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We’ve been hearing about the possibility for years: the Social Security fund is running out of money. If retirement is still far off for you, then you may not be too concerned about your share of the Social Security program just yet. You’ll believe it if it happens, right? Well, if you’re going to be depending on Social Security as a source of your retirement income, you’ll want to understand some of the facts about the program and the possibilities for the future. With that in mind, let’s take a look at Social Security’s finances and whether it will really ever run out of money.

Current Status

It may be hard to believe, but the Social Security fund is currently in good shape. In fact, according to its 2015 report, the trust fund actually increased in value by $25 billion over the previous year.

The program received the majority of its $884 billion in income from Social Security payroll taxes, however income taxes on benefits also contributed a small portion.

Interest on the trust fund balance additionally helped keep Social Security from falling behind. The fund generated $98 billion in interest, and so when you take away that income source, the operational shortfall was about $73 billion.

According to the Social Security trust fund’s most recent report, it still has a sizable balance of $2.79 trillion, which is equal to about three years’ worth of benefit payments even if the program fails to bring in any additional income. Another silver lining is the fact trustees of the fund believe the trust fund balance will continue to increase until 2019.

So why is the possibility of a Social Security shortfall creating such a stir?

Unfortunately, the positive Social Security trends that have occurred in recent years will most likely come to an end. The reason for this is because as more people retire, there will be fewer workers to pay into the system to support their benefits. Down the road, the payroll tax revenue and interest on the trust fund balance won’t be sufficient to cover what Social Security pays out, and as a result the program will have to take money from the principal of the trust fund. As a result, the trustees believe the trust fund to be tapped out by 2034.

So what then?

If you’re one of the tens of thousands of people that will retire after 2034, you might be concerned after reading that last section. But the mistaken impression many people have is that once the trust fund runs out of money, Social Security benefits will come to a halt. This simply isn’t true. While it will definitely have an impact, it won’t completely deprive retirees and their families of all this needed income. Even once the trust fund is depleted Social Security will continue to receive income from payroll taxes and from income taxes on benefit recipients.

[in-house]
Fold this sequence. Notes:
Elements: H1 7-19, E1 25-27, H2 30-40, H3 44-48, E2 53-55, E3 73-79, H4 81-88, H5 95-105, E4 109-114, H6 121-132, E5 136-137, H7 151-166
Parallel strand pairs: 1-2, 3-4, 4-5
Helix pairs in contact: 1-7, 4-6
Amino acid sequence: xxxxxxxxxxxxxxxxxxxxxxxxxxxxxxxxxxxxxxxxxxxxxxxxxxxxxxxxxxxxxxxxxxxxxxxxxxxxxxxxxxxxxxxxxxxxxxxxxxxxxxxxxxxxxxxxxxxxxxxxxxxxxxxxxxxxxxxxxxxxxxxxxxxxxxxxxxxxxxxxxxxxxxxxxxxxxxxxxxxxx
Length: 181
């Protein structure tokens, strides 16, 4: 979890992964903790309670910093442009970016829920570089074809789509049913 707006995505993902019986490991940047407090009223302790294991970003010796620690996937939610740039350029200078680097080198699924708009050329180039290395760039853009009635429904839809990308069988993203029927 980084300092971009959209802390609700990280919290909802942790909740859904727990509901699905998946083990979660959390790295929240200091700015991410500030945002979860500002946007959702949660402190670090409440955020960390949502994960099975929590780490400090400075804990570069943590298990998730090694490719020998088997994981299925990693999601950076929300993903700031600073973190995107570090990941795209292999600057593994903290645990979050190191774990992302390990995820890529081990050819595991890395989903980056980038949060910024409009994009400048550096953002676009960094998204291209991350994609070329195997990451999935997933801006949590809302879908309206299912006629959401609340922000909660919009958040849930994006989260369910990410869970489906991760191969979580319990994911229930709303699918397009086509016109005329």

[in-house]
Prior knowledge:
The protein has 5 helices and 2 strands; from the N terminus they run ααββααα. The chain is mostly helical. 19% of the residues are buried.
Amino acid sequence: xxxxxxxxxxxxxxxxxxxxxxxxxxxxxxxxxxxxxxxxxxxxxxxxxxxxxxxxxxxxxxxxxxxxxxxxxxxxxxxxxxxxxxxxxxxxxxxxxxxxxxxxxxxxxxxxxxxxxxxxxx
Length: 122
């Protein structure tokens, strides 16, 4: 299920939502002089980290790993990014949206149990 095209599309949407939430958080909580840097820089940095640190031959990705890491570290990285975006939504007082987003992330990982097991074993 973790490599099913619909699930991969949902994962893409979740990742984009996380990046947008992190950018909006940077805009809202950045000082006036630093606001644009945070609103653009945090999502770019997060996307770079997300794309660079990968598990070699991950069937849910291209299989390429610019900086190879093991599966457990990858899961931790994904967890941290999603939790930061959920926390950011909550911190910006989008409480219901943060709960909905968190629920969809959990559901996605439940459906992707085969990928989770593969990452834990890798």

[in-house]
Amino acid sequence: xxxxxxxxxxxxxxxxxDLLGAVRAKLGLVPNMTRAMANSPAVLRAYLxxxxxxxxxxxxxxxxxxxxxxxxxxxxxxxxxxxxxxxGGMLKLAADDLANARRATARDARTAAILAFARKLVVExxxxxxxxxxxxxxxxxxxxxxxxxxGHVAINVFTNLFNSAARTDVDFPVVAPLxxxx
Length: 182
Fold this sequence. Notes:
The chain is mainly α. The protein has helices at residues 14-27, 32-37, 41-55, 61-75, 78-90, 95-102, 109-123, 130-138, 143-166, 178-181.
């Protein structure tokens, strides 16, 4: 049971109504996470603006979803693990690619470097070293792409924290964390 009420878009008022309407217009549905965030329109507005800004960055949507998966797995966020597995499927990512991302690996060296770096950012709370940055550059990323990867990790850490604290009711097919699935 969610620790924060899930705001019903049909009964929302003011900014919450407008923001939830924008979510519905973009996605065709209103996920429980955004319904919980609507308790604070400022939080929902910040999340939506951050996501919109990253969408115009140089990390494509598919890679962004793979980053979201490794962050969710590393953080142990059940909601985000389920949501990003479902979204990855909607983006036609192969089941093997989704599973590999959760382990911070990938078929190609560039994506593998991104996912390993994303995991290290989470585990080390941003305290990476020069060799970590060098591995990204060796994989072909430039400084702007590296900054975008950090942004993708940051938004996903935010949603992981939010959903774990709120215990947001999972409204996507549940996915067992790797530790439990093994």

The Social Security fund’s income in 2034 will be able to cover 79% of the program’s overall cost, according to a recent trustees report. Social Security recipients will split whatever money is available on an equal basis. For example, if a person were receiving benefits of $1,000 per month prior to 2034, when or if the trust fund is depleted, his or her check would be reduced to around $790 a month.

There is also a possibility the government could implement a plan to store up more Social Security funds that would last well after the expected 2034 date. One way is for lawmakers to earmark funds to cover Social Security’s shortfall directly from the general budget, which could bring back the full benefit amount to retirees. The government could also consider increasing income or reducing expenses from the trust fund in order to preserve its contents for a longer period of time. If any of these approaches are successful, then a Social Security shortfall could be avoided altogether.

The bottom line: Whether you’re already retired or your golden years are still a long way off, you’re probably concerned about the state of the Social Security fund. If you’re like most Americans, you and your family depend on that money. The good news is that while you may have had some fears and/or misconceptions about the Social Security trust fund running out of money, the impact on your benefits most likely won’t be as detrimental as you feared.

Author Ron L. Brown, CFP®

Ron is a CERTIFIED FINANCIAL PLANNER™ and President of R.L. Brown Wealth Management. He specializes in retirement, estate, and business planning for professionals and entrepreneurs. Ron assists his clients with creating a financial plan to ensure they are able to live their ideal lifestyle during retirement and leave a strong legacy for their family. Ron has been featured in The Wall Street Journal, US News, Yahoo Finance, Investopedia, and numerous other high profile financial publications.

More posts by Ron L. Brown, CFP®
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